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Document 38 of 39.


Copyright 1998 Kyodo News Service  
Japan Economic Newswire

JUNE 5, 1998, FRIDAY

LENGTH: 400 words

HEADLINE: Exiled Chinese dissidents form new coalition

DATELINE: WASHINGTON, June 4 Kyodo

BODY:
   

A large group of exiled Chinese political prisoners and dissidents gathered in Washington on Thursday, the ninth anniversary of the military crackdown at Beijing's Tiananmen Square, to announce a new coalition for democracy and human rights in China.

More than 100 exiled Chinese traveled from all over the United States and from abroad to participate in a meeting where they declared the formation of the new coalition, called the 'Free China Movement.'

Representatives of the new coalition said they want U.S. President Bill Clinton to meet them before making a state visit to China later this month, and some want to accompany him to Tiananmen Square to lay a wreath there as a memorial to those killed in the 1989 pro-democracy demonstration.

'This new coalition seeks to invite and gather together all those committed to the cause of political freedom and democracy in China so we may build a movement for real change,' said Shengde Lian, chairman of the Free China Forum, a principal group organizing the meeting, said.

Shengde Lian, who was among the Tiananmen Square leaders and was sentenced to two years in prison, said, 'We Chinese people deserve democracy and deserve freedom. We believe we can make this if we work together.'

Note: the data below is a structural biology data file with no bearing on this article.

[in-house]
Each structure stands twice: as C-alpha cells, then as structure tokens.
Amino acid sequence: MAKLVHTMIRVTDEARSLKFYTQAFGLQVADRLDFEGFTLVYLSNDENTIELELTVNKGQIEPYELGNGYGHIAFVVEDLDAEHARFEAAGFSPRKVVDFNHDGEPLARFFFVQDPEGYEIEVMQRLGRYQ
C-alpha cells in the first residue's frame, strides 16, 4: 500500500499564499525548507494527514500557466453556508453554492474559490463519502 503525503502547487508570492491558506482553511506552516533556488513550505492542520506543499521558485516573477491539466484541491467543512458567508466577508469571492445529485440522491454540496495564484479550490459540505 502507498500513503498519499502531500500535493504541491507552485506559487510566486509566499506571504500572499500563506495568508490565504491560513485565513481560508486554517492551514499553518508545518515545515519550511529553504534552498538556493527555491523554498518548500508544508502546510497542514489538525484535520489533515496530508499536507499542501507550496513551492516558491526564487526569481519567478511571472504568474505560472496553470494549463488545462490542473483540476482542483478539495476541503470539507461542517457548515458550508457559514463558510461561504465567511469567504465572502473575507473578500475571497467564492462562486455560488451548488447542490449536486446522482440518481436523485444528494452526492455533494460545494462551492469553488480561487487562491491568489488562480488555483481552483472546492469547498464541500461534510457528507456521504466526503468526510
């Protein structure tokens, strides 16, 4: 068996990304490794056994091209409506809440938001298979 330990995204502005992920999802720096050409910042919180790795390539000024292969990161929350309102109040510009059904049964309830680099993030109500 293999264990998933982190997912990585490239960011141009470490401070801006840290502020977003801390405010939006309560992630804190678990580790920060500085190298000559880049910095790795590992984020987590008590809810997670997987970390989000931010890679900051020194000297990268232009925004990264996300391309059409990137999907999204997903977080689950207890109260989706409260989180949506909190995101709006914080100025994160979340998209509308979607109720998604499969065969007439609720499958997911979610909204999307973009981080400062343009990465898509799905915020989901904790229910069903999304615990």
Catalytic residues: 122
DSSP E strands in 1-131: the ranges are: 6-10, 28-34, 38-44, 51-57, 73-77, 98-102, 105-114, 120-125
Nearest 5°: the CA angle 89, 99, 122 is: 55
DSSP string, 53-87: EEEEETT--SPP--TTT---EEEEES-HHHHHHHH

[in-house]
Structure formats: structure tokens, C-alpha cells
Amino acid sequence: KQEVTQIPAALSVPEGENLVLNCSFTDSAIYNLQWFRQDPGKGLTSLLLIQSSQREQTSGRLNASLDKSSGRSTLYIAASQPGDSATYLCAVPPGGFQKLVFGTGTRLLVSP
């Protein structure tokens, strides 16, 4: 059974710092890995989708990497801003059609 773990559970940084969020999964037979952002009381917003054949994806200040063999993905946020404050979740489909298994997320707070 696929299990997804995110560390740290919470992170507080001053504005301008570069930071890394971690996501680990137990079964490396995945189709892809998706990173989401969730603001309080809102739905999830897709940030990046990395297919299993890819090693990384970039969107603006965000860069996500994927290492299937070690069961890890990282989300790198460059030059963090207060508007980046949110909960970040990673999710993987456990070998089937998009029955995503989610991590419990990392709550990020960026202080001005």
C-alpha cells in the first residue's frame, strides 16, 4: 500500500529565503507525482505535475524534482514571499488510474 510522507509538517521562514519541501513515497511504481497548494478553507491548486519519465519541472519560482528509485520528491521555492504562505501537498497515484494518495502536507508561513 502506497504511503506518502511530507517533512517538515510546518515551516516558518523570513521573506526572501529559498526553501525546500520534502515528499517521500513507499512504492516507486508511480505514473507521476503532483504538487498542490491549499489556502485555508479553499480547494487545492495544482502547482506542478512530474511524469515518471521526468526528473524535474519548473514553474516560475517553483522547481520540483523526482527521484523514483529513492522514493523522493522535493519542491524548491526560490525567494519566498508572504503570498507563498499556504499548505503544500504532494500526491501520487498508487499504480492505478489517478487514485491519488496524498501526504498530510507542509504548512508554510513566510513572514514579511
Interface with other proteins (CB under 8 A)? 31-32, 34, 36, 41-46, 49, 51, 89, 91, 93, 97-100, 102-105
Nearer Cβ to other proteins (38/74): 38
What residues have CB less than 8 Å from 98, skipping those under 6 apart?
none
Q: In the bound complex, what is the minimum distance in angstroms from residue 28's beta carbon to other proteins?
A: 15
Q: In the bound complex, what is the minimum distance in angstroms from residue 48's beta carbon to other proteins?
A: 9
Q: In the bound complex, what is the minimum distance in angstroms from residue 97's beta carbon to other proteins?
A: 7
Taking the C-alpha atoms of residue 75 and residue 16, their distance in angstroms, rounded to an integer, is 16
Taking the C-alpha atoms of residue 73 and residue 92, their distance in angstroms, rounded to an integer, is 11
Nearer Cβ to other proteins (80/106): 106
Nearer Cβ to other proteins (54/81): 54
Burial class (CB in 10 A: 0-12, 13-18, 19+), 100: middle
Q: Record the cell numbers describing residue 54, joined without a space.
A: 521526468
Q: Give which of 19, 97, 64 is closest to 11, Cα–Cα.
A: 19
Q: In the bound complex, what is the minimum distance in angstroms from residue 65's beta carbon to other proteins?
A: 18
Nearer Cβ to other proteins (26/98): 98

He read out a message from Wang Dan, a recently released Chinese dissident who is a symbol of the 1989 pro-democracy student movement.

In the message, Wang, who was freed in April on medical parole and exiled to the United States, urged the Chinese government to release many other political prisoners.

'Today, there are thousands of...prisoners of conscience. They are still in jail even if I and several others were released,' Wang was quoted as saying.

Ye Ning, a lawyer for the Free China Forum, said he wants Clinton to urge Chinese leaders to 'stop stabilizing the dictatorship, stop legitimizing the dictatorship and stop subsidizing the dictatorship.'

Ye said he was tortured more than 200 times by Chinese authorities from age 14.

Clinton will leave June 24 for China and return home July 3.

He is expected to appear in Tiananmen Square for a welcoming ceremony during his four-day state visit to the Chinese capital from June 26.

But domestic critics, especially Republicans, have urged Clinton, who will be the first U.S. president to visit China since the Tiananmen Square crackdown, to stay away from Tiananmen.

LANGUAGE: ENGLISH



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